Professor Richard Fallon, who moderated the panel, questioned whether it would be appropriate for a principled individual to change their vote to offset the vote of anothermember of a panel who was known to be biased.  Prof. Vermeule said that this would fall under the rubric of what philosophers call a tragic choice, giving up objectivity and yet hoping for a miracle of aggregation to lead to the virtuous result.  Prof. Karlan suggested that in this situation a judge should rely on the norm of sincerity and follow the position that their objective faculties show to be the correct one.  Prof. Lessig expressed doubt as to whether the norm of sincerity has any real force in the decisions of a court.  For Vermeule, this domain involves difficult questions of role morality, since if one member of a court has notably departed from the norm of sincerity and displayed bias, it has the capacity to influence the actions of the other members and the morality of the choices they make.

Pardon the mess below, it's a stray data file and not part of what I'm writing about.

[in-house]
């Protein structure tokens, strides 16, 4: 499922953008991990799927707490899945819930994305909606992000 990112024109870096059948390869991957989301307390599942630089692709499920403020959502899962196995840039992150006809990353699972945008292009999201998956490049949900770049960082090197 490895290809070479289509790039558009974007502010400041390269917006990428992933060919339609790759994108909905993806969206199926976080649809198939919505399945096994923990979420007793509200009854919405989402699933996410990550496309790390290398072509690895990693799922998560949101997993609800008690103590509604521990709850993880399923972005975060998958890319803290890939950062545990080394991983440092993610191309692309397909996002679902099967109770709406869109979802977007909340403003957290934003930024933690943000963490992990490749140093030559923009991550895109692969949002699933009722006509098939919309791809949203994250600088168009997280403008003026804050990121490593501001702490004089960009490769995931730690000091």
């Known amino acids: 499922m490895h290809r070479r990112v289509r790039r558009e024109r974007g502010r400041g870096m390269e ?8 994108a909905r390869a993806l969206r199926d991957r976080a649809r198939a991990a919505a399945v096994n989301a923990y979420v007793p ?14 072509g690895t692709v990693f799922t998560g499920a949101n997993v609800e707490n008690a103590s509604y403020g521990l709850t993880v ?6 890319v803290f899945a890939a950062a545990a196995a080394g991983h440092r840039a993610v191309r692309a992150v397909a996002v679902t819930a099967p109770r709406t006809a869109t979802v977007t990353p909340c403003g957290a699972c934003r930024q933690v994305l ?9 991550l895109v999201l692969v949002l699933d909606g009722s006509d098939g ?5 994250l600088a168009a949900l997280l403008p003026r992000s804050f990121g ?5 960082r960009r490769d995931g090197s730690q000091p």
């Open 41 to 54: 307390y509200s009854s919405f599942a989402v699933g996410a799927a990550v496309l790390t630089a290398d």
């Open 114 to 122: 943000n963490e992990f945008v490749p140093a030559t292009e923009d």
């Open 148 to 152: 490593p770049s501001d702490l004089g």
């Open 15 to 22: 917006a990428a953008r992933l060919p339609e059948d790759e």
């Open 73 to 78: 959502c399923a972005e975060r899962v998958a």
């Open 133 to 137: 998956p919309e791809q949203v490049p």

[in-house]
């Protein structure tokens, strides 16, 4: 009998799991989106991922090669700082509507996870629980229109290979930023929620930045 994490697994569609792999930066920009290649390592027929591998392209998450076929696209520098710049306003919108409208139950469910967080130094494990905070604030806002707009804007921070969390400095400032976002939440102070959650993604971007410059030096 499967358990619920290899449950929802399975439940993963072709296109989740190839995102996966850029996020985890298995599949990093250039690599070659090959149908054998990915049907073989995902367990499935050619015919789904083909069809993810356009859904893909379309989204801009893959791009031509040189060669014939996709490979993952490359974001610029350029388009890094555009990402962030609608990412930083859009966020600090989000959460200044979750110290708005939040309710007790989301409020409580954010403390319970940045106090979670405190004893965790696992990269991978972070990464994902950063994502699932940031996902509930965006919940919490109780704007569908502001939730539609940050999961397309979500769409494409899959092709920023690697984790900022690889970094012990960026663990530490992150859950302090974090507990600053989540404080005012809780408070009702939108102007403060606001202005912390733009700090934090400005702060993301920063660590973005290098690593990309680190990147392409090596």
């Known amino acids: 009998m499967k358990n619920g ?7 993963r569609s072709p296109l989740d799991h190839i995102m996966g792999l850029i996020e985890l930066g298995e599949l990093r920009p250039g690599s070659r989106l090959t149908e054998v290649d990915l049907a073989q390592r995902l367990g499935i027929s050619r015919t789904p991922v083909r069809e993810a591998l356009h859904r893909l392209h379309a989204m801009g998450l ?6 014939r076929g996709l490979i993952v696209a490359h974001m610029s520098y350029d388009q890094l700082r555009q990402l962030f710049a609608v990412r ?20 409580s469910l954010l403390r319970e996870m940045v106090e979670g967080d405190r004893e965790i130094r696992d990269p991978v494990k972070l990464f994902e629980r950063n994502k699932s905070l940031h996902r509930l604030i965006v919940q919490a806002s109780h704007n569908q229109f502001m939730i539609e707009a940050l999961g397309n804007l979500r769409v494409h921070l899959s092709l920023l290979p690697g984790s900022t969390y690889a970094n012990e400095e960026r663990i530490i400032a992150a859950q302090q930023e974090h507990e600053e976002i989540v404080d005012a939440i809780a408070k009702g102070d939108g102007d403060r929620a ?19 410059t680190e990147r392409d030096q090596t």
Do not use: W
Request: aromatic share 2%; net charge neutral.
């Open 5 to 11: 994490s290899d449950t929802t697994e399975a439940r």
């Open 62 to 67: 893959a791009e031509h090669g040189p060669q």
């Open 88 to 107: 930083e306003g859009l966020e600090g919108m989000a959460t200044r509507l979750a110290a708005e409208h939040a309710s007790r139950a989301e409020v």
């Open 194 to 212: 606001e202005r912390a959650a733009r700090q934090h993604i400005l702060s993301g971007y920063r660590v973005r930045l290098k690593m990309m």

For Professor Karlan, the case was rightly decided not only because it was the correct application of the law, but also because once the Court granted certiorari it was put in a position of needing to take a moral stand against impropriety.  The assertion of power by the Supreme Court to intervene in setting the standards for the conduct of judicial elections can serve as an important check against state legislatures, said Karlan.  To Karlan, the standards for judicial elections have become so watered down that the people should reject them and adopt an alternative method of selecting judges. It seems that in the wake of Caperton the important legal and political questions revolving around judicial elections have become only more unsettled and yet more pressing and relevant.

1. Query whether this in fact reflects the role of Justice Kennedy in the Court’s Caperton majority. See Vermeule, 123 Harv. L. Rev. 4, 41 (2009).